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Panasonic Lumix GF-1

<p>The middle ground between a DSLR and a point-and-shoot</p>
by Gelo Gonzales | Jul 29, 2010
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For photography enthusiasts who think that the traditional point-and-shoot is underwhelming and DSLRs to be a bit too cumbersome at times, Panasonic now offers a formidable choice: the Panasonic Lumix GF1.[firstpara] The GF1, in a nutshell, is a DSLR in a point-and-shoot’s body—or at least that’s what it aims to be.

So how does it do this? The GF1 uses a Micro Four Thirds system (developed by Olympus and Panasonic) which employs a DSLR-sized image sensor minus the traditional SLR mirror and optical viewfinder. In layman’s terms, the system is designed to cram the imaging capabilities of most entry to mid-level DSLRs in a relatively compact body. And it works.

This Spartan-looking 12.1-megapixel shooter can be taken to places where it’s impractical to bring DSLRs, without compromising image quality. Compared to even the best point-and-shoot cameras, the GF1 produces images with much lower noise, allows for a higher dynamic range and produces satisfying depth-of-field characteristics. Likewise, the camera’s quick autofocus system, and face detection abilities very much blur the line between what DSLRs and semi-compact cameras are supposed to offer.

Like many modern DSLRs, the GF1 is also able to take high-definition 720p videos. Video images look to be as detailed as the still images it takes, as it also allows full control over depth-of-field. has a video uploaded on their site captured using the GF1, so see for yourself.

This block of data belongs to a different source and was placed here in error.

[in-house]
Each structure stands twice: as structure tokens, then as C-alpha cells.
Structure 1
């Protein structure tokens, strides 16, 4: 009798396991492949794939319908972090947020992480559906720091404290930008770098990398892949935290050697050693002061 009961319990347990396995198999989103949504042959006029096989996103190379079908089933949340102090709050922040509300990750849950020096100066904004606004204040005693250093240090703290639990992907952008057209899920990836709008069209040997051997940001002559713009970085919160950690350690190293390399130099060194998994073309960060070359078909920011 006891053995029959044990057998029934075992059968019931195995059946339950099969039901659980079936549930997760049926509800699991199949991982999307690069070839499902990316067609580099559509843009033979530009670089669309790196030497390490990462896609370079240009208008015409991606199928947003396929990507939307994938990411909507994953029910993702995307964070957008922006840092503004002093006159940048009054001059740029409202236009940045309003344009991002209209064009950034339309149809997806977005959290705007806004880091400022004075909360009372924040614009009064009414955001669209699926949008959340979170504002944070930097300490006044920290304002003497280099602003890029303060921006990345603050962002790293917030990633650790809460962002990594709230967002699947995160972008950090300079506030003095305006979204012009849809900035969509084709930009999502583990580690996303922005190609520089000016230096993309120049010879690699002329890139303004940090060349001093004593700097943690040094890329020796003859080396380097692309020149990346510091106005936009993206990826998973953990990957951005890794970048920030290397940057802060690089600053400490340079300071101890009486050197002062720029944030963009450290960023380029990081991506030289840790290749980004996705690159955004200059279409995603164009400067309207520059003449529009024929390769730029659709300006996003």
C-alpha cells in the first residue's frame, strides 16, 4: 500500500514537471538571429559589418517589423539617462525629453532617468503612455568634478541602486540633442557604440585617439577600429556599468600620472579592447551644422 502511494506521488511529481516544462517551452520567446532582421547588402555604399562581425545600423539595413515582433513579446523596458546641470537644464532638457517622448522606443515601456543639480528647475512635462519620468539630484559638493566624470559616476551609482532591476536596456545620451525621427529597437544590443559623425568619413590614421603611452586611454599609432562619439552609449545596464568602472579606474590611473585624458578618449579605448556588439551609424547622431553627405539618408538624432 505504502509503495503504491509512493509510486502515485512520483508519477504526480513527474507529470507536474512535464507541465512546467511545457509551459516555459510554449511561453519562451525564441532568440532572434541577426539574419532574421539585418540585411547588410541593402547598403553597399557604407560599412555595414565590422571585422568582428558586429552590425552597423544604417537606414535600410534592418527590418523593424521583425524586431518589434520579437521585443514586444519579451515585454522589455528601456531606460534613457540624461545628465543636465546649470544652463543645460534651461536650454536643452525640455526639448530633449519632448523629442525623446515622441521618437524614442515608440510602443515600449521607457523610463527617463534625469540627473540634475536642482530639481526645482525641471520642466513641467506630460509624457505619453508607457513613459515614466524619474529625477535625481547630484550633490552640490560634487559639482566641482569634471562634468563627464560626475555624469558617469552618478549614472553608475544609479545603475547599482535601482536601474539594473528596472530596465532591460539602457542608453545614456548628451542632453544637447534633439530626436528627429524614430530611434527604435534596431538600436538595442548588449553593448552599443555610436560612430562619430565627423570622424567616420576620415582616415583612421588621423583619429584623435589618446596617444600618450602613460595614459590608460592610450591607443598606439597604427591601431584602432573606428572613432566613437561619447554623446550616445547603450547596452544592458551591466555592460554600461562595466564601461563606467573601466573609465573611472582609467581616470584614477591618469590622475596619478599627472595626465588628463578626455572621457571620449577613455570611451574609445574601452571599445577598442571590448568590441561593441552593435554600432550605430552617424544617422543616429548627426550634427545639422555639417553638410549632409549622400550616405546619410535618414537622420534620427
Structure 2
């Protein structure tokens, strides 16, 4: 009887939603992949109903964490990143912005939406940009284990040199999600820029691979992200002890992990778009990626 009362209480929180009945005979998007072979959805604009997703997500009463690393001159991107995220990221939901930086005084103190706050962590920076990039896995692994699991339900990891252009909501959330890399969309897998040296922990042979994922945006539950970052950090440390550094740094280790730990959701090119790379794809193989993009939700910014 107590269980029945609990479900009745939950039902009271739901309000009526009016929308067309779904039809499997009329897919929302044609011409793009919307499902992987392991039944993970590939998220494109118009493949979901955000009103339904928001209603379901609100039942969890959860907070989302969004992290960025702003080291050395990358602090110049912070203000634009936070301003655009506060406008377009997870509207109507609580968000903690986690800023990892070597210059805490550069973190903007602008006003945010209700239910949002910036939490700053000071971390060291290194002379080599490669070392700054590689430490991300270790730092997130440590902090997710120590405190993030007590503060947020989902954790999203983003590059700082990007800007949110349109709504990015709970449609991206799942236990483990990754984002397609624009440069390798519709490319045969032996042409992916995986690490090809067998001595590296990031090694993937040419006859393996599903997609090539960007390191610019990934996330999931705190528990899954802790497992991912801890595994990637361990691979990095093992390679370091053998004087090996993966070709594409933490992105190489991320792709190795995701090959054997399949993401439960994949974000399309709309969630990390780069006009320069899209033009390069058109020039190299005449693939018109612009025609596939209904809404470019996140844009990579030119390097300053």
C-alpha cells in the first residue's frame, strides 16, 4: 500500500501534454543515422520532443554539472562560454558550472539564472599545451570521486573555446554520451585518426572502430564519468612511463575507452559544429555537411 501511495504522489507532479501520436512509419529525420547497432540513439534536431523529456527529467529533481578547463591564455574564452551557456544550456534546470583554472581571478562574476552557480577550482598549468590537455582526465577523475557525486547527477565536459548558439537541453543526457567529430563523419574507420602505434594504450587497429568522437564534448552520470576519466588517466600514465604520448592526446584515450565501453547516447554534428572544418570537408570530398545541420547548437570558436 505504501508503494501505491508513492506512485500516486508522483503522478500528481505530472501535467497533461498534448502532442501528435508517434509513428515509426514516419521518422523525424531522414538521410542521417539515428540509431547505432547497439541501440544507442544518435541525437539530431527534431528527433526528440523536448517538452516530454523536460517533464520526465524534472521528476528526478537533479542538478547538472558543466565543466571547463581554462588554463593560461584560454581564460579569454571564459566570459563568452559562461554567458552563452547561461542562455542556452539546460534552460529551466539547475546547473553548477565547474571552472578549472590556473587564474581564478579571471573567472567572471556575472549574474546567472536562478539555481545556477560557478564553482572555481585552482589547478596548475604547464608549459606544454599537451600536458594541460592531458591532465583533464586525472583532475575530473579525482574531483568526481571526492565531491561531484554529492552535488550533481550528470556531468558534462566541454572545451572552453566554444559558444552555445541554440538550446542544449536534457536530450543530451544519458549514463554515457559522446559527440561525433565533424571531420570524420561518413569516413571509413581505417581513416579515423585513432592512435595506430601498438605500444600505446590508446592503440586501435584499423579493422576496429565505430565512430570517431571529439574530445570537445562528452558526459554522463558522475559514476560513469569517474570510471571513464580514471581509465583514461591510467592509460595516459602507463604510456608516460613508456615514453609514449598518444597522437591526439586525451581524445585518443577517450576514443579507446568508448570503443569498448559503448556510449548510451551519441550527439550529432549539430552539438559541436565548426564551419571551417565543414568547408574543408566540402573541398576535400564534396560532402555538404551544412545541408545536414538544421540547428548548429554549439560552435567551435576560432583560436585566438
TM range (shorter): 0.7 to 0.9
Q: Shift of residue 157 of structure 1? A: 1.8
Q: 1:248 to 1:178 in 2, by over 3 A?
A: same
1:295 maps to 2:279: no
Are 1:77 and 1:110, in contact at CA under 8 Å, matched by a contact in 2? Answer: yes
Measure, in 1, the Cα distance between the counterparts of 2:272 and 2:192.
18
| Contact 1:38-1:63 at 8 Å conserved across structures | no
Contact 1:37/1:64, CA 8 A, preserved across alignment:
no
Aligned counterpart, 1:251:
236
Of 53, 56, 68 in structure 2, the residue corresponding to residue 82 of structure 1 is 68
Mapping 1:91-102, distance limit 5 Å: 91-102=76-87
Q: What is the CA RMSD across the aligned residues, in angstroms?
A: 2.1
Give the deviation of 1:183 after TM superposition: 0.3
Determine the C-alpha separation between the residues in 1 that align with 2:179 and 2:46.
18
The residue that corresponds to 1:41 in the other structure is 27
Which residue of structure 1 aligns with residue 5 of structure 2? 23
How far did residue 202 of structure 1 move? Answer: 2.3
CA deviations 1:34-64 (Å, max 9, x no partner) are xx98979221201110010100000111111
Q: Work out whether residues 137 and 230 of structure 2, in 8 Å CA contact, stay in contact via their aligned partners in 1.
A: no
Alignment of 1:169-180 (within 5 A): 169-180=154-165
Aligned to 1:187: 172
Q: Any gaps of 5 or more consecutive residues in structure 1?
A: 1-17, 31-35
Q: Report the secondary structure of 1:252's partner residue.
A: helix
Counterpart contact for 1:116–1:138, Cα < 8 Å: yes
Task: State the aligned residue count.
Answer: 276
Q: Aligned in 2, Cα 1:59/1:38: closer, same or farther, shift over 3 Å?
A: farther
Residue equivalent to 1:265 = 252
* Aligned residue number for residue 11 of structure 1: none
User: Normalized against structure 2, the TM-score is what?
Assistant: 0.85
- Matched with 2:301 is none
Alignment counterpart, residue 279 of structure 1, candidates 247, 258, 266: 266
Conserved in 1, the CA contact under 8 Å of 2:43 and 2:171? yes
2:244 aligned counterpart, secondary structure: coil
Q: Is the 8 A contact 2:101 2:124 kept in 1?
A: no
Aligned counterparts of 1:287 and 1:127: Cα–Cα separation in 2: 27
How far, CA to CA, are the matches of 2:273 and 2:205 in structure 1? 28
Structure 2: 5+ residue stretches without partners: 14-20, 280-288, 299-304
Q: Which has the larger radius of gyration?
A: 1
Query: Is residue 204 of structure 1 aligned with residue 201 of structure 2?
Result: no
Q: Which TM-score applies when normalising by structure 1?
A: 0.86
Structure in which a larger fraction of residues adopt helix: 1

The camera also offers two encoding formats for videos: Motion JPEG mode and AVCHD Lite mode. The former features high compatibility rates with editing programs but caps out recording size at 2 GB while the latter lets you record until you’ve exhausted the camera’s memory. These 2 modes definitely add versatility to the solid feature set of this camera, which also includes built-in flash, an interchangeable lens system and a beautiful 3-inch LCD screen.

It doesn’t look flashy like, say, most of Sony’s point-and-shoots are, but the proof is in the photographs. This one is for serious photographers too, and its rugged DSLR-like aesthetics, topnotch imaging qualities, and solid feature set should clue you in on that.

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